Some part of Federal Reserve Chairman Ben Bernanke must be a little disappointed that Rep. Ron Paul (R-TX) will retire after his current term. No other congressperson may ever challenge him the way Paul, who currently chairs the House subcommittee on monetary policy, has over the past several years. In a hearing today, yet another amusing exchange occurred between the two. The topic was one of Paul's favorite: gold. The discussion got heated when Paul asked Bernanke whether gold is money.
Here's the exchange (video below, for those who prefer to watch instead of read):
Paul: Do you think gold is money?
It's not money?
It's a precious metal.
Even if it has been money for 6,000 years, somebody reversed that and eliminated that economic law?
Well, it's an asset. Would you say Treasury bills are money? I don't think they're money either, but they're a financial asset.
Why do central banks hold it?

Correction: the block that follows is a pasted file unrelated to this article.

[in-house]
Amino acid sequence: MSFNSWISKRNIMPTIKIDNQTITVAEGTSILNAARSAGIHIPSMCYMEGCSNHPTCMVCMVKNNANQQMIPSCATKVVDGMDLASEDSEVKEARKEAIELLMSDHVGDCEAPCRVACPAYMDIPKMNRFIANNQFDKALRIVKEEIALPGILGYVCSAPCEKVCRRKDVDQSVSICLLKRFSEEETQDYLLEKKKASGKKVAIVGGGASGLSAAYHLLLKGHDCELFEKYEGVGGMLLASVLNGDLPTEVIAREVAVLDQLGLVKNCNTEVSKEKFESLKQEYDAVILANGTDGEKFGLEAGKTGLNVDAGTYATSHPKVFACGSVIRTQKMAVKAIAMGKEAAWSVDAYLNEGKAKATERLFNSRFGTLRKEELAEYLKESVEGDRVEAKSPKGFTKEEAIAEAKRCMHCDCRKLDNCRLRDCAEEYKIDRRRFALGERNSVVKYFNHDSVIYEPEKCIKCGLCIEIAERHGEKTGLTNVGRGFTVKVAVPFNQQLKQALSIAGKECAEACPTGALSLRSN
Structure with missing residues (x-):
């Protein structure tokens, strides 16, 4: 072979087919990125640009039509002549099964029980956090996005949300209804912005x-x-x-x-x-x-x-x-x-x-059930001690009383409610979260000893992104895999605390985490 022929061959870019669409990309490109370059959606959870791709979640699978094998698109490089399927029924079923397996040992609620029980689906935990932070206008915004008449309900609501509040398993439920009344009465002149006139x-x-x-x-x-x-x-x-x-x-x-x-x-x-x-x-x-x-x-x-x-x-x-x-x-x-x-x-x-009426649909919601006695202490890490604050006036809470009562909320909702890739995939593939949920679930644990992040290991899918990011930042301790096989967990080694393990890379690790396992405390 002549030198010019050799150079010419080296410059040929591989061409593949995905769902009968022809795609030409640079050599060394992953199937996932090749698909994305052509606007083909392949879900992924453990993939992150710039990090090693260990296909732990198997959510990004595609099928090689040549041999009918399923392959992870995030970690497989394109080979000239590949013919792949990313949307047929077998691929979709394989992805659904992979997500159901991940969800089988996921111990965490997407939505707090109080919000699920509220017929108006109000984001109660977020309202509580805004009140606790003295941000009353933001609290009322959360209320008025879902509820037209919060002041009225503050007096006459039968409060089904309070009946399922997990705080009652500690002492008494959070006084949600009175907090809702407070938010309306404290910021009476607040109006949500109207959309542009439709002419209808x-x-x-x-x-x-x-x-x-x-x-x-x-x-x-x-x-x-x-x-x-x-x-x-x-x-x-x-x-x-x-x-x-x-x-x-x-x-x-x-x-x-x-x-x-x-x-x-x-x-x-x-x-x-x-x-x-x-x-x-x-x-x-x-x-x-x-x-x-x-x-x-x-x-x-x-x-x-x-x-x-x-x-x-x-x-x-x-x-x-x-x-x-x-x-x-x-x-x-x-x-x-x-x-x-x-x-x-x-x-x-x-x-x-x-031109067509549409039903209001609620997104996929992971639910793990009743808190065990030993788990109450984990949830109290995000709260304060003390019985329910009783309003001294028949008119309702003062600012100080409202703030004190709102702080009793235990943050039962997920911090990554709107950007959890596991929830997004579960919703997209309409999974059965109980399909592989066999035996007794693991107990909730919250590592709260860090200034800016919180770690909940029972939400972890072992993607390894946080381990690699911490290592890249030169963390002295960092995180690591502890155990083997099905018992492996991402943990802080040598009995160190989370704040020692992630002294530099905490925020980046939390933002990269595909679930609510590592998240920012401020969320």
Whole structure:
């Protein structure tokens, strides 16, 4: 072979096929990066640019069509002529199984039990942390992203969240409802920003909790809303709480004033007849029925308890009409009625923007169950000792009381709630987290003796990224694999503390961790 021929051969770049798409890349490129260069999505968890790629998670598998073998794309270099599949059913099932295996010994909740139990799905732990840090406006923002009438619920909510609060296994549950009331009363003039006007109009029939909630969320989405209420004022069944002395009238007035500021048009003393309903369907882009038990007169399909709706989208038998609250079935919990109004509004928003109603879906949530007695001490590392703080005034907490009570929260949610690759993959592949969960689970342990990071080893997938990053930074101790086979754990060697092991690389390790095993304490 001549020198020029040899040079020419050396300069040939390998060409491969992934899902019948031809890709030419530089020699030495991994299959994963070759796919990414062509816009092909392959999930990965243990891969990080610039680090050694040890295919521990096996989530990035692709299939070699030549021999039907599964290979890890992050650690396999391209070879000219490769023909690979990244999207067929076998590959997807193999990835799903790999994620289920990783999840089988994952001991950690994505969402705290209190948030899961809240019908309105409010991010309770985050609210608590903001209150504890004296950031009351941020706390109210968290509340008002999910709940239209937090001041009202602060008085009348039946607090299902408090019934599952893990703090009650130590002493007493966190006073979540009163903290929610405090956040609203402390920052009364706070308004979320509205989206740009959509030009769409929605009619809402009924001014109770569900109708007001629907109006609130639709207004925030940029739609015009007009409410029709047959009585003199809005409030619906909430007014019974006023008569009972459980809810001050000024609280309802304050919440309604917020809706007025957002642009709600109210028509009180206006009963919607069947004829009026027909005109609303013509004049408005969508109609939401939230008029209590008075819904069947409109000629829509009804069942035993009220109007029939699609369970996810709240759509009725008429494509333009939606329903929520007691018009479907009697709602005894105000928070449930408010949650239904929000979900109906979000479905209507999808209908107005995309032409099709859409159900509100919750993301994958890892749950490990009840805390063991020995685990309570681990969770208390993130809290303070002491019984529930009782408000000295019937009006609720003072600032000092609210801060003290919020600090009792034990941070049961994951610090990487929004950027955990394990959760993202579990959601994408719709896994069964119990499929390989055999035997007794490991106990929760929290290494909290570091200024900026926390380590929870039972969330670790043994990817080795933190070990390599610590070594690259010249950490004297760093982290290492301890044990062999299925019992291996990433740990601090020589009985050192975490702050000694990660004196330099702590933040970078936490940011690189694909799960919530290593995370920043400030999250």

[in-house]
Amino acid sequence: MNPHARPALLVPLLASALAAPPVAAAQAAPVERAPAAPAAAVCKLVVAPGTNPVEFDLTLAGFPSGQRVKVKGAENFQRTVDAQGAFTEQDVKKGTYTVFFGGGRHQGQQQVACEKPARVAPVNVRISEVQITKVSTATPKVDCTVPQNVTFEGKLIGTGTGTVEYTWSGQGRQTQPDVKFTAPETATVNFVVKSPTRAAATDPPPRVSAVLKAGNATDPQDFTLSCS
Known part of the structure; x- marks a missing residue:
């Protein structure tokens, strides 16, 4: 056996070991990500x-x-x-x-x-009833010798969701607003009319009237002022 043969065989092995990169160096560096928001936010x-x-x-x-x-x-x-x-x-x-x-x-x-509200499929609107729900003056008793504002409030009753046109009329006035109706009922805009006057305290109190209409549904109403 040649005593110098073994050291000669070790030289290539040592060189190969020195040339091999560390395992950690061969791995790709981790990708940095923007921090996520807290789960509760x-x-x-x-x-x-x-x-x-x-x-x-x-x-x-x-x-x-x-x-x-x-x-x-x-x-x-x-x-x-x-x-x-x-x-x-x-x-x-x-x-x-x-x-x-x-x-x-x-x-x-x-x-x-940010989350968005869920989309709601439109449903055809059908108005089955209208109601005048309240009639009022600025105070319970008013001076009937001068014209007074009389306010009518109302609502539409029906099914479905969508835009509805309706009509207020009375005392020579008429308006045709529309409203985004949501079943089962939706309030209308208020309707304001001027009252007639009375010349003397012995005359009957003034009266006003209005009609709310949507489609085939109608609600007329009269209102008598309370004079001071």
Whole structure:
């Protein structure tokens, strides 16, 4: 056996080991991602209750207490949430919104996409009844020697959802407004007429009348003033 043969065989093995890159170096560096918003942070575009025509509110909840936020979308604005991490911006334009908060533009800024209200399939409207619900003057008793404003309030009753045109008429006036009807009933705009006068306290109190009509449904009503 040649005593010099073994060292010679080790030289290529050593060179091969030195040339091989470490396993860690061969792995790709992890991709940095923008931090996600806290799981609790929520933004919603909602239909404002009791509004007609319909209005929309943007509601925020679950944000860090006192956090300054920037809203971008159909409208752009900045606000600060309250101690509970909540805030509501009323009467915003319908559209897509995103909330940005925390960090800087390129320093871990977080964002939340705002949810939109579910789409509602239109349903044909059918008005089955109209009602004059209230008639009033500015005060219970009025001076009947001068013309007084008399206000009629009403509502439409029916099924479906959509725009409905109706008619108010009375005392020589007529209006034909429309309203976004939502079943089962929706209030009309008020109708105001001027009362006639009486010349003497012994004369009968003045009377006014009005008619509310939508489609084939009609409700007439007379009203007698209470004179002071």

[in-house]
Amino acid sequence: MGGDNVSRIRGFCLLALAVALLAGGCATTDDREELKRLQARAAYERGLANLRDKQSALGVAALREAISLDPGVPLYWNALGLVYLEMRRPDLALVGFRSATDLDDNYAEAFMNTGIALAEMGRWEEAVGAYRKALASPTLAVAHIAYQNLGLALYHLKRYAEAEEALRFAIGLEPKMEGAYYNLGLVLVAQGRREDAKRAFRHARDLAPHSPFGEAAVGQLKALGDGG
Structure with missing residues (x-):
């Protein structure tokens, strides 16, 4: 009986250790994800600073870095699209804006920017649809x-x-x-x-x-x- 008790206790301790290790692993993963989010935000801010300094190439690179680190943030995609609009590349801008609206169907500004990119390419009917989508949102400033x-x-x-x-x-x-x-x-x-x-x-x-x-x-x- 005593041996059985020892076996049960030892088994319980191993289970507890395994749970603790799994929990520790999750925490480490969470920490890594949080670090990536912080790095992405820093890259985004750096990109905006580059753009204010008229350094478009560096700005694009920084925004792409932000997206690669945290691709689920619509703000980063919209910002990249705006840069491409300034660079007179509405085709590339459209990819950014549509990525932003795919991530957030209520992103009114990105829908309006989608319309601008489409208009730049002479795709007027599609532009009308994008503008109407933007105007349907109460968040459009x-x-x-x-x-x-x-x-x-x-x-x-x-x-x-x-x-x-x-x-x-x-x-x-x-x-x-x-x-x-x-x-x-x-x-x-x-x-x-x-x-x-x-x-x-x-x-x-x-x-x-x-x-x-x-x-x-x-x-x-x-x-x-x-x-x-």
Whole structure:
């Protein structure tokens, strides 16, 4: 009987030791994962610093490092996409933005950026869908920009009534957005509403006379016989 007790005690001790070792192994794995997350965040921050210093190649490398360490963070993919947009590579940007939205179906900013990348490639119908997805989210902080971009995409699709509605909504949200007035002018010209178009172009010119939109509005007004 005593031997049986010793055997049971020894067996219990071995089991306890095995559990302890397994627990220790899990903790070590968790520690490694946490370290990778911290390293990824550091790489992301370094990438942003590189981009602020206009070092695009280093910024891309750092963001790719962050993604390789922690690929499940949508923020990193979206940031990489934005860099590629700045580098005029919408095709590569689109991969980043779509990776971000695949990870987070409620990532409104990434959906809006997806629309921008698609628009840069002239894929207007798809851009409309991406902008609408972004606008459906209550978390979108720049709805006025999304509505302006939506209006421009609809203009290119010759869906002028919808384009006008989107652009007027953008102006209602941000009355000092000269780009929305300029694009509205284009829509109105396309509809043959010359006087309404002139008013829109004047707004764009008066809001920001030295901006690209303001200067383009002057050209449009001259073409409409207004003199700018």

Well, it's a form of reserves.
Why don't they hold diamonds?
Well it's tradition -- long-term tradition.
Well, some people still think it's money.
In the U.S. anyway, those people are wrong. Here are a couple reasons why.
The Difference Between Money and an Asset
Bernanke's response actually couldn't have been much clearer. Just because something has value -- even great value -- that doesn't make it money. Paul attempts to retort, asking Bernanke why the central banks don't hold diamonds then. But Bernanke's initial response actually anticipates this question when he mentions Treasury bills. Central banks do hold other sorts of financial assets besides gold and currency, such as Treasury bills. Even if something is a financial asset, held by central banks, it isn't necessarily money.